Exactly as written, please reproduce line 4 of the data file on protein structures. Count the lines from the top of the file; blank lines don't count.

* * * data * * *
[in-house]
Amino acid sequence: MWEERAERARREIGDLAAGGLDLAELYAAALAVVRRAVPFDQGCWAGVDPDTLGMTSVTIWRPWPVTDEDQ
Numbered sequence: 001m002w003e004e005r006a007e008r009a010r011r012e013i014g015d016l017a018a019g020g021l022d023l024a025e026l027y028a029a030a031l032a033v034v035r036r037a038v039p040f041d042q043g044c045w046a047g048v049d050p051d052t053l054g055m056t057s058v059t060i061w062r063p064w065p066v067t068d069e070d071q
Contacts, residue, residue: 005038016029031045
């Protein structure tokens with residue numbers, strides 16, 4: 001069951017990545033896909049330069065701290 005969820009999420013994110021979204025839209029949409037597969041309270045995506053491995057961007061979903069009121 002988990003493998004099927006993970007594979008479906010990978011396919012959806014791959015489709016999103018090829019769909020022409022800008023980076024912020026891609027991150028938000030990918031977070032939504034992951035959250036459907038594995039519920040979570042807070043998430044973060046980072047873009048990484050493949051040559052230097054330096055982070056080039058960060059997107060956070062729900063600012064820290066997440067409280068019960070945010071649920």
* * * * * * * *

Contacts, residue, residue: 005038016029031045